Greene said she admired the work that Breen and Meerman have done on the package, but she hasn't seen evidence that it's a priority for the Education Committee.

"We've repealed 3rd grade reading. We repealed A through F. We've adjusted the pension system. Yesterday, we even had a hearing on something that is completely controlled by the school boards," she said. "What we haven't done is, if there is this workgroup that exists, and I actually have a bill on this package, why have we not worked on it for over a year and a couple months now?"

Waiting for perfection won't get anything done, Greene said.

"We've done so much other legislation that was not perfected," she said. "We haven't perfected anything that we've passed in the last year."

Greene said she was at a loss for what else to do.

"I'm just doing everything that I can to bring this to the forefront, because those Oxford kids? Some of them do live in my district. Those teachers? They live in my district," she said. "There are things that we should be able to put in place a lot sooner than later. Let's start workshopping them through the committee process, but instead, we have focused on so many other things…and it's disappointing, and I'm tired."

Koleszar said that he planned to start moving some of the bills in the package soon, and that the scheduled committee hearing on mental health, while it's not part of the school safety package, ties into the goal safer schools.

"We'll do them in chunks as they're ready," he said. "I'm not going to let political games get in the way of what's best for Michigan schools and Michigan students."

Meerman said that this legislation was the only priority he submitted to Hall and House Speaker Joe Tate (D-Detroit).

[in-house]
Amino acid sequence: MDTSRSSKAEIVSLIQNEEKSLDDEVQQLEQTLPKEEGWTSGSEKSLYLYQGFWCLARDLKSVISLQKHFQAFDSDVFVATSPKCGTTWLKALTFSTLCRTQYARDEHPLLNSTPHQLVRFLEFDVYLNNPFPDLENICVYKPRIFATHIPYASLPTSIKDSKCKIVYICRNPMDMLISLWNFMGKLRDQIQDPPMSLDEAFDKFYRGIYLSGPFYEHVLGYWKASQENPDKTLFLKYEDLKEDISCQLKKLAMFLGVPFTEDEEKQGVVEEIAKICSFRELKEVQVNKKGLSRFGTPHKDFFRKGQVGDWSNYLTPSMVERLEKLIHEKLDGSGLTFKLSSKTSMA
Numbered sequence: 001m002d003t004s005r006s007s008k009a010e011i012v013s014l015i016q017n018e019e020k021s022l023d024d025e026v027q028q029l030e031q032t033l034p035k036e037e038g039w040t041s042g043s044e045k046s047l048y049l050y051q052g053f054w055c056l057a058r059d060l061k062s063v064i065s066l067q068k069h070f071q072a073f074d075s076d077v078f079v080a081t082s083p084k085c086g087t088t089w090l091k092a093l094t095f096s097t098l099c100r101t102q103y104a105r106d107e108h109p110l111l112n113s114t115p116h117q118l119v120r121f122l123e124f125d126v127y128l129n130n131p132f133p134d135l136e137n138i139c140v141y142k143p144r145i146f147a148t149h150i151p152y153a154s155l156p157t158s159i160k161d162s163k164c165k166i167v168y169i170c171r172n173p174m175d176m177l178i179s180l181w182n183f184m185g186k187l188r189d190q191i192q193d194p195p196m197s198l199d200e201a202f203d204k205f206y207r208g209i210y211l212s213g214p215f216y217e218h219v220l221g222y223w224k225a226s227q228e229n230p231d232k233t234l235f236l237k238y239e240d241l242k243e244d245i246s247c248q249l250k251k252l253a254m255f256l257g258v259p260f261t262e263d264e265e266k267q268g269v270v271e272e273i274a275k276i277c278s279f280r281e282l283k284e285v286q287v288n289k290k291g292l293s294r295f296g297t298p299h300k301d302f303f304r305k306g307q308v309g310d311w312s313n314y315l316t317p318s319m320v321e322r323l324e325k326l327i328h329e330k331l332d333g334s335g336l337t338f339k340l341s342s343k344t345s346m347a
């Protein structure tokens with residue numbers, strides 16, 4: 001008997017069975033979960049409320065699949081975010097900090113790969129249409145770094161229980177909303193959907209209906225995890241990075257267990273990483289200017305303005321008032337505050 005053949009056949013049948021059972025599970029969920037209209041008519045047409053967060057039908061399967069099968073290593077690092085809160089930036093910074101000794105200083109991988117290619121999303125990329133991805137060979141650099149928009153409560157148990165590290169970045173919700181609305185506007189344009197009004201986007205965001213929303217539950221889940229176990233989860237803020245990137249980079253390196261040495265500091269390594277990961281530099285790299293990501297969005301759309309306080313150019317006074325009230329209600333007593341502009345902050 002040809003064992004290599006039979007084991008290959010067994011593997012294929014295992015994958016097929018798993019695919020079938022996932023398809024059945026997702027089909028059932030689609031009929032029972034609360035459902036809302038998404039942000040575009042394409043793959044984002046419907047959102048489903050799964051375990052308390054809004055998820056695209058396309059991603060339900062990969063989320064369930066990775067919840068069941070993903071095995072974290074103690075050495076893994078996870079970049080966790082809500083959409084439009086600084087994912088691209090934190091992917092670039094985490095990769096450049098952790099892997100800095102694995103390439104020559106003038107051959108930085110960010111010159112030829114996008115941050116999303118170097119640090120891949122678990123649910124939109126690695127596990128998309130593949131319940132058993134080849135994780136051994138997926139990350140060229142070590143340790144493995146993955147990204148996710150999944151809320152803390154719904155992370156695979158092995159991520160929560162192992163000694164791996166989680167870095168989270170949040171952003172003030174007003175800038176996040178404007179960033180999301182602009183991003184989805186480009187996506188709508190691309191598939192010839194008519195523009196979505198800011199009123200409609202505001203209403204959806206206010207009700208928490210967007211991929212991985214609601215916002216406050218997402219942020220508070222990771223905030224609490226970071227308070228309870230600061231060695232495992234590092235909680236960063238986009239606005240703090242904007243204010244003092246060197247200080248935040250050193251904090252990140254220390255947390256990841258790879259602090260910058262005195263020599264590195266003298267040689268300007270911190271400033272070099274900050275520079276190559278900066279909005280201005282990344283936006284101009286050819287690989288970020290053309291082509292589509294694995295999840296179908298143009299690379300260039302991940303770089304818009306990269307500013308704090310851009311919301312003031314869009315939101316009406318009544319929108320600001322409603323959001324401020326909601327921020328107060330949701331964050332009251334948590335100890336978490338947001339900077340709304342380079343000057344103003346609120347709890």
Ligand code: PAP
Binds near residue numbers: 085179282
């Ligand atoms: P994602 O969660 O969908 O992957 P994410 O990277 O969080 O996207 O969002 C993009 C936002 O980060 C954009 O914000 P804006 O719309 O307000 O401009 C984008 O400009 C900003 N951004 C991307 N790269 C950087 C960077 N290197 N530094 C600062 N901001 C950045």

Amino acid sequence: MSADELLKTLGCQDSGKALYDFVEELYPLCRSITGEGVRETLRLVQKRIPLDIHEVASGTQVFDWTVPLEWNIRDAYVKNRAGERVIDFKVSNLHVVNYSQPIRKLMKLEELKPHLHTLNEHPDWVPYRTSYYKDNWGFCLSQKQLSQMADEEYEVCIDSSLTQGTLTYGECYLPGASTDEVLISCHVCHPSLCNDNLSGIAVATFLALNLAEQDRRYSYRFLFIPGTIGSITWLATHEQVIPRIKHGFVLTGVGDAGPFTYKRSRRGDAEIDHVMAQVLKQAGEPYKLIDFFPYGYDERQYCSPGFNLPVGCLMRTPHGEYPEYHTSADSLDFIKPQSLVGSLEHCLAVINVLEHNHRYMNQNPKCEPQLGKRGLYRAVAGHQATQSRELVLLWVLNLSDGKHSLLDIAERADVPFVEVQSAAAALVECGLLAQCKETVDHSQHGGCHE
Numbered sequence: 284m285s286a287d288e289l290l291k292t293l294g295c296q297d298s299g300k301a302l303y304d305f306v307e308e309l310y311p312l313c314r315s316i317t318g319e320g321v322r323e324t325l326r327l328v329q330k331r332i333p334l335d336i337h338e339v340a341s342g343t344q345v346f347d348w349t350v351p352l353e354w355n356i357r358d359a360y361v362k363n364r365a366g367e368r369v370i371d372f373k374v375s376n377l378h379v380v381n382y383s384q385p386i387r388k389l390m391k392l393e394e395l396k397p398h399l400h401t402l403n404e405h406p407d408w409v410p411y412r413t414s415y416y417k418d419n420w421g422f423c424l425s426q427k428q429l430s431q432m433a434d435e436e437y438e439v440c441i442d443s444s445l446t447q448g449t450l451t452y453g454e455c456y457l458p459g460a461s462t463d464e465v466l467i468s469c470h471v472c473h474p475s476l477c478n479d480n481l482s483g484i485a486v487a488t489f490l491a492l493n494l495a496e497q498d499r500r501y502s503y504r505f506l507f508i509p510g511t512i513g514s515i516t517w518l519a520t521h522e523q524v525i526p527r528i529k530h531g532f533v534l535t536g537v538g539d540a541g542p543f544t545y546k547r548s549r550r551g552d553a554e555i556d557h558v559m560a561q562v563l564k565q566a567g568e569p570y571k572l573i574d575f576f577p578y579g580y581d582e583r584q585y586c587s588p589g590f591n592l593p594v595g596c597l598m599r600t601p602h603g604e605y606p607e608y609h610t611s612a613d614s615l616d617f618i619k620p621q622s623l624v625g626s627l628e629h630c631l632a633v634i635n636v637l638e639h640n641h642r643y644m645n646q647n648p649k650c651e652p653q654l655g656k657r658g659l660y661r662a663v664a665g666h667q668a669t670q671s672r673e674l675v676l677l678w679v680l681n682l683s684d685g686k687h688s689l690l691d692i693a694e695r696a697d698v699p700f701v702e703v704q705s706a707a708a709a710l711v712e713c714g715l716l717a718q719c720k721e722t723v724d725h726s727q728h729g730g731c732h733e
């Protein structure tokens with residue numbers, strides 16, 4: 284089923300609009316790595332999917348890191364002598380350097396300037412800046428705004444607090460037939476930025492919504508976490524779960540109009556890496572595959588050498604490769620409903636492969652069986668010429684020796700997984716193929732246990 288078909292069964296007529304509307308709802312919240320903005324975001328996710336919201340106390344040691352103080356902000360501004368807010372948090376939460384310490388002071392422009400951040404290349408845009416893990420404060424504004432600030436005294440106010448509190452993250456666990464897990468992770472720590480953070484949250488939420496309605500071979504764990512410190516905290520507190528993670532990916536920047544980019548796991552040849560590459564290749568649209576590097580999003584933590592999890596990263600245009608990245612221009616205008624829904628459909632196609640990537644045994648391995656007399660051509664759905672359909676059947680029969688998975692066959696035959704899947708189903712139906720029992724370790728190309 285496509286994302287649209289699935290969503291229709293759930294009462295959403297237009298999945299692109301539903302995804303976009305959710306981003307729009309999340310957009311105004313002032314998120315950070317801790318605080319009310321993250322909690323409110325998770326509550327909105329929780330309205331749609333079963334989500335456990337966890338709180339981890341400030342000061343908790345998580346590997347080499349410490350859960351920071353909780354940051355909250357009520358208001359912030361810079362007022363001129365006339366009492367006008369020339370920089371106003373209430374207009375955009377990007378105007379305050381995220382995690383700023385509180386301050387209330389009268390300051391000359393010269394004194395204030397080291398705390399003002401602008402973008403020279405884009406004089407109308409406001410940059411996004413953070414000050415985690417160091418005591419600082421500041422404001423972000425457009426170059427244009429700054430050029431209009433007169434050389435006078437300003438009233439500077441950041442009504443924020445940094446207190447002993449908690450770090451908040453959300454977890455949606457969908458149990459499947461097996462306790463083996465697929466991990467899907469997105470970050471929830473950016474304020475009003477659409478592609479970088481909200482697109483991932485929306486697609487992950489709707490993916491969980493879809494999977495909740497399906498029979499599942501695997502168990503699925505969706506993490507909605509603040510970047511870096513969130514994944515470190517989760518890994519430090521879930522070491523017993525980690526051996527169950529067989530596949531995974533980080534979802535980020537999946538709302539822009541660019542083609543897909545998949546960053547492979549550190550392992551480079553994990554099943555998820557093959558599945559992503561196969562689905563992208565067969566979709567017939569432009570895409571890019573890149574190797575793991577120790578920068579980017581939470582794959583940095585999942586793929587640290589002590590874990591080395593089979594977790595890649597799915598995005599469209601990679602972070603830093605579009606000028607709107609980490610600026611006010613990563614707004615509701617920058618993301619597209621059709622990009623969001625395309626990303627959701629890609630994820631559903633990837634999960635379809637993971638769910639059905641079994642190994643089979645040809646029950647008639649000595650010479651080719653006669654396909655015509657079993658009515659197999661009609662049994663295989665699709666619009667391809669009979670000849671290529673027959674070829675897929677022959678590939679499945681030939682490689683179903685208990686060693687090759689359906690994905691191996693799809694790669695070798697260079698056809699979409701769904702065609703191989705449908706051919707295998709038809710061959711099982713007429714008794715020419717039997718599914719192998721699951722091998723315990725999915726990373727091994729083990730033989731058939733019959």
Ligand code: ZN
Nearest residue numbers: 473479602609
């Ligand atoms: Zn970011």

"I think they can have some effect on making our schools safer. They're not going to make it so that nothing ever happens again, but I think they'll help," he said. "I believe in them."

Meerman said he understood why Breen and Koleszar were frustrated, and that he was frustrated, too.

"It is the political season, and it's amazing what things can get caught up in it and what can grind to a halt over frustrations, and yet at the same time, this is extremely bipartisan," he said. "I am frustrated, too, that they haven't moved already. … I just have concerns that something will happen because people are getting so mad at each other."

This package is one of the only truly bipartisan bill packages introduced in the last year, Meerman said.

"This was a huge change for Lansing, to have the trifecta of Democratic control, and I don't think Lansing was quite ready for it," he said. "It was hard, it was tough, and everything becomes political when us Republicans can say everything was the Democrats fault the whole way."

Because of that, Meerman said he and Breen have centered bipartisan work.

"But if we don't have the hearings, I think it's going to be a Republican issue all the way through the election cycle," he said. "But honestly, let's just get some hearings going, and this will really start going away."

Bezotte, Morse Won't Run For Reelection In '24

Posted: January 29, 2024 10:05 AM

Two more House members have announced they aren't seeking reelection in 2024.

Rep. Bob Bezotte (R-Howell), 73, won't run again for his seat representing the 50th House District in rural Livingston County, and Rep. Christine Morse (D-Texas Township) won't seek a third term in the 40th District in the western Kalamazoo suburbs.

Instead, Bezotte has endorsed Jason Woolford, who announced his campaign for the seat on Tuesday. Woolford ran for the 48th District in 2022 but lost to Rep. Jennifer Conlin (D-Ann Arbor). The 48th District is a highly competitive district. The 50th District is solidly Republican.